For those interested spectators
here are today's 'M' starting
times: Blackett, 8:04 and 12:59;
Youngberg, 8:32 and 1:27; Lovell,
8:46 and 1:41; Markman, 8:53 and
1:40; Brisson, 9:00 and 1:55; and
Keefe, 9:07 and 2:02.
Broadcast Meets
Two local radio stations will
cover Michigan sports events
today. WOIA (1290) will con-
duct a program from 2-6 p.m.,
with Daily sports reporters as
guests, of three Big Ten meets
-the Michigan-Minnesota
doubleheader, state prep track J
championships, and the Inter-
state Conference track meet.
WUOM-FM (91.7) plans to
have direct coverage of Ferry
Field track results, plus reports
on other events, on a program
lasting from 1:35-2 p.m. and
2:40 p.m. until the track meet
is over.

JESSE OWENS

by Jim Benagh, Sports Editor
Just for the Record
N THE SPORT of track and field, history and records are synony-
mous. And at Ferry Field, the slate of field records and exceptionally-
great performances are synonymous.
The present archives are dotted with such former world record-
holders as Jesse Owens, hurdler Jack Davis and Charlie Fonville.
Others like Ernie Shelton, Sam Iness and Arnie Sowell set field marks,
too, at a time when they were the greatest in the world in their
respective events.
. It's because of these all-time greats that for each record at the
staid old cinder track there is a special story. Event by event, here
they are:
100-yd. dash, 220, low hurdles and broadl jump-In the history of
track, the 14 Olympic meets included, no athilete has ever matched the
performance of Jesse Owens here on May 25, 1935. The famous "Ebony
Express" cracked three world records and tied another (see letter
below). Owens was remarkable all day long. In the century sprint, he
brought the world record back to the United States-it had been held
solely by South African Dan Joubert. In the furlong he set a mark
that went untouched for 13 years. The 220-yd. low hurdles was the
last event and, thanks to an attentive announcer, had the crowd in
complete silence and awe. Owens' broad-jump performance is still by
far the oldest world record in the book. The 26'8Y4" leap, unlike many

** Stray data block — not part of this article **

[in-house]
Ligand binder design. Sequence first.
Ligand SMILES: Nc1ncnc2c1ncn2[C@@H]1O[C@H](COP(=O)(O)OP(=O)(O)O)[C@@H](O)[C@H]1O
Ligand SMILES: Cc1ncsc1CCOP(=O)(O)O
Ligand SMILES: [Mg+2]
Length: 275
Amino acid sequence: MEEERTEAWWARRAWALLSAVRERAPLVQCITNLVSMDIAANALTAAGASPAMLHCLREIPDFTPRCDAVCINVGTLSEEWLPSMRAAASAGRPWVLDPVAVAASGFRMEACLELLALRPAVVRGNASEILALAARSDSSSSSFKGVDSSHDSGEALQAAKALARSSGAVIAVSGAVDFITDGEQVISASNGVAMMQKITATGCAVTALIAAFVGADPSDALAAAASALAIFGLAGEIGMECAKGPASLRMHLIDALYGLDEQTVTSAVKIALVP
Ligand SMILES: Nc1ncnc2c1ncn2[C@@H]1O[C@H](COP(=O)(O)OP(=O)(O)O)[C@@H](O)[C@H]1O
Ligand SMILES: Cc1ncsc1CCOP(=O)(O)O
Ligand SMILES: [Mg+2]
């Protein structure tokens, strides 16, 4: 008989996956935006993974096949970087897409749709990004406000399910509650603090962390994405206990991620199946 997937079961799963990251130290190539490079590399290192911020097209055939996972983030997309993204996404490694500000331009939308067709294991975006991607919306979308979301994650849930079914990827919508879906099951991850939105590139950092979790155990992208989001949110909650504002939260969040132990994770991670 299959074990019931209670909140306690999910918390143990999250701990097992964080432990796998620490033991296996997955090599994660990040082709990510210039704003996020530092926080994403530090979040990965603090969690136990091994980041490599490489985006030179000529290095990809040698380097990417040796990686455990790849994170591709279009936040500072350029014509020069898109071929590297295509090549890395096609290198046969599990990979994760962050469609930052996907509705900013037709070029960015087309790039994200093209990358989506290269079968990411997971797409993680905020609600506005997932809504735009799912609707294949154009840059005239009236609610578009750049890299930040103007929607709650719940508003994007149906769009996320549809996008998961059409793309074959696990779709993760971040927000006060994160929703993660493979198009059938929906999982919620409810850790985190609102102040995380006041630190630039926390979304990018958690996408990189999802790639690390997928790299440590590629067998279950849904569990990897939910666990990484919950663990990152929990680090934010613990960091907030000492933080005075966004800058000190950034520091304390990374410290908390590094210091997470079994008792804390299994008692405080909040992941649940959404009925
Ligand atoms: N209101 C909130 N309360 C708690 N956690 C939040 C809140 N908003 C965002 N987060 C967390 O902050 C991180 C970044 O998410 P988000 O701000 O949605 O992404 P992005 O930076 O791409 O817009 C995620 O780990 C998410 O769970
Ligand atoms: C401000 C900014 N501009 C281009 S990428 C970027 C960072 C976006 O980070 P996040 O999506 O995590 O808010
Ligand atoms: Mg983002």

other present records, has never been bettered in practice, on a foul,
or unofficially! It is seven years older than the second most ancient
mark-Cornelius Warmerdam's 15'7%" pole vault.
440-yd. dash-Quartermiler Jim Lea, the former Southern Cali-
fornia great, follows true-to-form the majority of those who establislhed
Ferry Field standards: 12 of 13 record breakers have won the NCAA
championship at least'twice.
880-yd. run-Today George Kerr will try to assault not only the
field mark by Arnie Sowell-but the Big Ten, collegiate and possibly
world's best. Kerr has been timed as low as 1:46.1 unofficially in a
leg of a relay. The world's best is 1:46.8.
Mile and two-mile runs-Michigan stars John Ross and Don
McEwen set these marks in the 1952 season but a pair of Michigan
Staters could lower both those times today. MSU's Bob Lake, who has
found Ferry Field to his liking for record-breaking, has run the mile
In 4:04.9 this year. He set the state prepr 880 record the last time he
ran here. Spartan coach Fran Dittrich expects him to be around 4:04
today. Dittrich thinks his other ace, Crawford Kennedy, can record a
9:00 clocking in the two mile to wreck McEwen's standard.
High hurdles-Jack Davis, an Olympic champ, took advantage of
the Pacific Coast-Big Ten dual meet series a half-dozen years ago to
win top billing in this event.
Pole vault-Local fans are still talking about the day three weeks
ago when five vaulters soared over 14'-and three of them went on to
14'93/a". Vaulters Bob Gutowski, Mel Schwarz and Eeles Landstrom
share the mark. Landstrom, the giant Michigan ace, hopes to get that
record back in his scrap book today when he may be competing in
the United States for the last time. He leaves for his homeland Tues-
day. The faned "Flying Finn" said he has been vaulting better than
ever in practice recently.
Weight events-Charlie Fonville, 19,5-lb. Wolverine, tossed the
steel ball 56'10%" at a time when the world shot put record was 57'1".
Fonville made the put during a two-month rampage, in which he
bettered 56'9" nine times and culminated -the spurt with a record
58'%". Sam Iness, one of the three outstanding discus throwers in
history, holds the field standard at 178'5%/"-less than seven feet off
the present world record.
High jump-Ernie Shelton, another Southern Cal star, tried to
reach the seven-foot barrier for the first time. He had to settle for
"only" 6'101", but won the NCAA championship here in doing so.

JACK DAVIS

4'

fj

WILLIAMS WINS BROAD JUMP:
Ten o verines Qualify for Finals
(Continued from Page 1)

JOHN ROSS AND DON MC EWEN

GUTOWSKI, LANDSTROM AND SCHWARZ

meets until today's effort. Bird,
who was having trouble with his
approach, got off a jump of 24'5%"
on his final try, to take second
place.
Forman took third, Stan Morrow
of Minnesota fourth, and George